It’s 8:30 on a Wednesday morning in late May. Just outside Judge Eleanore Garber’s courtroom, it’s crowded and hot in a tiny conference room as a dozen people run in and out. There are guardians ad litem, attorneys appointed by the court to represent children’s interests; court-appointed parents’ attorneys; county prosecutors; state social workers from Child Protective Services; and private attorneys. The parties negotiate agreements they will take into the 17 hearings Judge Garber will hear this morning. There’s an air of chaotic organization.

Bits of conversation rise above the din: “Mom got evicted.” “Dad isn’t meeting the conditions.” “There was domestic violence.” “They had no place to go.”

“It can be depressing,” says Jefferson County Prosecutor Geri Anderson. “We’ve developed thick skins.”

An hour later, temporary-removal hearings commence. The first case checks in with grandparents who have temporary custody of their daughter’s children after there was domestic violence in the home. There are two fathers. One is in jail. The other, who just recently came into his children’s lives, wants overnight visitation. The grandparents object.

Garber orders expanded daytime visits only and continues the case for 60 days.

The next hearing starts a minute later. A woman too young to look as worried and sullen as she does sits in front of Garber. At 18, she has an emergency protective order out against a boyfriend. She’s already lost a three-year-old daughter to temporary foster care and the state has petitioned to remove her six-month-old daughter from the home. The woman hasn’t made any of the changes the court ordered a few months ago.

“I think that (the mother — all names on dependency dockets are kept confidential) needs to know that the court is serious,” says Garber. She orders the child removed from the home and placed in temporary foster care.

The young woman is upset. She stands and turns to walk out. Garber orders her back. The mother pushes out the back door and is brought back a minute later by the deputy. An older woman in the back of the court starts crying.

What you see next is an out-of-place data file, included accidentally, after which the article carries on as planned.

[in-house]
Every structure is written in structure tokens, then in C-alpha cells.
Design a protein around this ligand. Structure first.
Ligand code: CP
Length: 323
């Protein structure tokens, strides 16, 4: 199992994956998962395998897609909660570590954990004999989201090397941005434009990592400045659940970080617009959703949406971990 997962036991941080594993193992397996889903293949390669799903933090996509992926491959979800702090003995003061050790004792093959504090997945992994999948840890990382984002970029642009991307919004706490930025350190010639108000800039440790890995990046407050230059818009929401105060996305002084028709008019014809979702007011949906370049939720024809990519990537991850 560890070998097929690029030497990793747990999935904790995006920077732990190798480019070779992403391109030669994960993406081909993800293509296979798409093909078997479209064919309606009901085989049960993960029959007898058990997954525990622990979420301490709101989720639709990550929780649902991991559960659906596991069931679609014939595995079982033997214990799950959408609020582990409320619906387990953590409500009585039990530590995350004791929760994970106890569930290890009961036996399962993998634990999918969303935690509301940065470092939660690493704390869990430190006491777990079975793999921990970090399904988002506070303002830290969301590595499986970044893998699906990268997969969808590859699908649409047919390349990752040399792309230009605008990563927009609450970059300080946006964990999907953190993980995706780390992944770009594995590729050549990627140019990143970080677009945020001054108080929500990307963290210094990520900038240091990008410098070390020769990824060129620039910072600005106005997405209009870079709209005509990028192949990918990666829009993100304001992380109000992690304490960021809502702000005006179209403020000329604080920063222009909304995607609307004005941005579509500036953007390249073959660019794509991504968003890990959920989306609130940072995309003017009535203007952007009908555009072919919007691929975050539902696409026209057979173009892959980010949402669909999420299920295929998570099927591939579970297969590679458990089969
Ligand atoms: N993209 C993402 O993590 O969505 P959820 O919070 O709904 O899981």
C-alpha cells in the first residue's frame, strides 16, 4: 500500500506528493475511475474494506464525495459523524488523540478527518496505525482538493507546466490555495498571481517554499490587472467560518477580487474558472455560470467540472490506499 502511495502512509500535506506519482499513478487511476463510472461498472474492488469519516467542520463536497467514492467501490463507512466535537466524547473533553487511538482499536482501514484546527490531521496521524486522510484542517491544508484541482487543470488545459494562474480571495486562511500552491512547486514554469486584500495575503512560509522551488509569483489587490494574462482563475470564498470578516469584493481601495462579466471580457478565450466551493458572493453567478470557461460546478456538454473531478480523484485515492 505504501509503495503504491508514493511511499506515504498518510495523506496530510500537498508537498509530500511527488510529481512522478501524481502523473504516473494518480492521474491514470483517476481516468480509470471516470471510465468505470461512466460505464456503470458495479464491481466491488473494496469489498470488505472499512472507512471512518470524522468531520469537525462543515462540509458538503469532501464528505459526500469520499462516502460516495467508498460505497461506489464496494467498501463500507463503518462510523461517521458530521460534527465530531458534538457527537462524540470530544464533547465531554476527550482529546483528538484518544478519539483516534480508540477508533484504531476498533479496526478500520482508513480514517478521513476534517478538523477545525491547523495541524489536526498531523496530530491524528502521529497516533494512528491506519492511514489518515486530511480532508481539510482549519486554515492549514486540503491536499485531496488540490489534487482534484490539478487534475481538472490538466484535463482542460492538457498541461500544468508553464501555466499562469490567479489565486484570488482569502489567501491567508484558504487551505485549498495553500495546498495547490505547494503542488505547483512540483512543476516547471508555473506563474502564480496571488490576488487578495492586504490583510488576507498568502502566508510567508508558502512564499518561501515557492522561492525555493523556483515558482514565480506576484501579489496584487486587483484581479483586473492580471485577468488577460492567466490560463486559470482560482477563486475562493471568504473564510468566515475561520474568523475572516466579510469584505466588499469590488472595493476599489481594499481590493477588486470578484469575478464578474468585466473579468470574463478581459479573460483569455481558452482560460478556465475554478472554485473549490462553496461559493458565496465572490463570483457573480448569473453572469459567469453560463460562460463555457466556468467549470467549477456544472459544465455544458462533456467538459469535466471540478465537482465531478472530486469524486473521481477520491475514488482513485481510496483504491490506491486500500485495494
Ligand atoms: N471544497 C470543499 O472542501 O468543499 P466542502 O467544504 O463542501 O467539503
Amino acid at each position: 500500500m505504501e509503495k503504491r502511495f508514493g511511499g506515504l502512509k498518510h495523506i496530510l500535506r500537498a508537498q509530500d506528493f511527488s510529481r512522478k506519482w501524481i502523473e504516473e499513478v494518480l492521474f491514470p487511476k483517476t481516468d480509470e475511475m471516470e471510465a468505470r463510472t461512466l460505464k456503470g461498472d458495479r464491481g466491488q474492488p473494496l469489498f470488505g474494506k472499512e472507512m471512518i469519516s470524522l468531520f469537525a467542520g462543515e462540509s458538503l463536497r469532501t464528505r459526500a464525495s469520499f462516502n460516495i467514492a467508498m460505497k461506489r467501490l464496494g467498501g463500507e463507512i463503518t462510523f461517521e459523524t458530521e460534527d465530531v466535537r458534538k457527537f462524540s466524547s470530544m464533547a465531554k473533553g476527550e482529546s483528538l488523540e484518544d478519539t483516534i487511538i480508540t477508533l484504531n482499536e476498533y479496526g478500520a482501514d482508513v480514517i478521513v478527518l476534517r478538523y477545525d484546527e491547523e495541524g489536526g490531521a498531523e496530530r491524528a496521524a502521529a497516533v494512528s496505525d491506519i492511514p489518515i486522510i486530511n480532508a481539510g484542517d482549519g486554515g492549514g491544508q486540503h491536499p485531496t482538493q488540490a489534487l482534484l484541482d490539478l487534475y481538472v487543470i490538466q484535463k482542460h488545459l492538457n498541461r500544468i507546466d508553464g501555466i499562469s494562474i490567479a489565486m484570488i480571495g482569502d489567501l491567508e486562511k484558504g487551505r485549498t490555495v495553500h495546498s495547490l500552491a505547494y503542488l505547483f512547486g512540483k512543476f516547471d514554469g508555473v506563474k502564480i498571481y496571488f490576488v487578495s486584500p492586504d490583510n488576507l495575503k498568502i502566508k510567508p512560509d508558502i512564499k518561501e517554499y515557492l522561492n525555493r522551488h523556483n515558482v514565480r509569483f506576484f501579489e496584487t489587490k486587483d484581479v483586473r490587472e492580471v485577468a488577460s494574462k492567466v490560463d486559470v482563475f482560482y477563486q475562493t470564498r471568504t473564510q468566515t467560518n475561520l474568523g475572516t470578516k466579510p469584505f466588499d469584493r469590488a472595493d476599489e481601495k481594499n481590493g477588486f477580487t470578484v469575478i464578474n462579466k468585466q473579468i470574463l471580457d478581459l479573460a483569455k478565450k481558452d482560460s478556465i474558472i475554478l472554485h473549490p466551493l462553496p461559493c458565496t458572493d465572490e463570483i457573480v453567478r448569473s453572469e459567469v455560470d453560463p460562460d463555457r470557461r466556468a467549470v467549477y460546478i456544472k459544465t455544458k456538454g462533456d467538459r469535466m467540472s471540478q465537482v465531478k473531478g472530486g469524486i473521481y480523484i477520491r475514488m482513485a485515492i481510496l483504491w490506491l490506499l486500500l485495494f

The young mother walks out again. “I don’t want to be here!” she says. The deputy gets her and escorts her back.

“You have a chance to turn things around,” Garber says to her firmly. “(No one here) wants you not to parent your daughter. I do find you in contempt of court for walking out twice in 10 minutes.” She orders one hour’s custody in an adjoining detention room.

“We’ve got to move along a little more,” Garber says. It’s 10 a.m.

It makes a huge difference, says Dawn Lee, executive director of CASA (Court Appointed Special Advocates), which helps guide children through the court process, to have judges and support workers committed to family issues. “To sit in family court, you can begin to get overwhelmed,” she says. “The hopelessness. For these men and women to come back every day and not succumb to that,” she says, is inspirational.

What plagues some court systems — inefficient and even antagonistic relationships among the various players — does not seem to be a significant issue here. Judges work closely with the state Cabinet for Health and Family Services, which may investigate a claim of child abuse reported to the Child Abuse Hotline, for example, and with the county attorney’s office, which may prosecute abusive parents.

Programs that intervene in dysfunctional cycles can help resolve some situations outside of court and lessen the number of cases on the docket. Mediation might be ordered in divorce disputes, for example. And in Division 5, one afternoon a week, Judge Eleanore Garber oversees Family Drug Court, which she helped start four years ago. Garber says statistics show that drug use is implicated in the abuse and neglect of the children she sees in court in 70 percent of families. “It’s mainly crack cocaine, alcohol and meth,” she says.

Family Drug Court is a volunteer and “rigorous” system designed to get people quick treatment and increase the chances of children staying or returning to their biological parent(s). There are strict requirements: court attendance, drug tests and monitoring — rules needed for lives lived without the boundaries that functional, stable homes can provide. The program started with two clients in 2002. Last year, it worked with 75 families.

In Garber’s court, the next hearing on the Wednesday morning dependency docket is a continuation of an earlier case. A 30-ish woman sits with counsel in front of the judge. She’s smiling. She’s had her children back for a while now and has been under court review. Garber looks up from reading the file.

“How are things going, ma’am?” she asks.

“Wonderful,” the mother says. She looks happy. “The kids are wonderful.”

“That’s great,” replies Garber. “We don’t hear the word ‘wonderful’ in here very often. Good work. Good luck to you, ma’am.” She orders the case closed.

The next hearing begins. It’s a review of a foster placement. A broadly smiling 61-year-old man sits with a young boy in his lap and two other children nearby. He and his wife are first-time foster parents. Garber guides a conversation about how things are going. How are the kids doing in school? How is their health?

The man answers her questions. “We love them like our own,” he says. The children look happy and bright-eyed.

Garber asks if there’s a possibility of a permanent adoption. The foster father says he’s concerned about his age and wants to do what’s best for the kids. Garber says that some people at 61 are like others at 51.

She smiles, congratulates the man and excuses the party. Then she reaches for the next file in a long and patient morning in Family Court.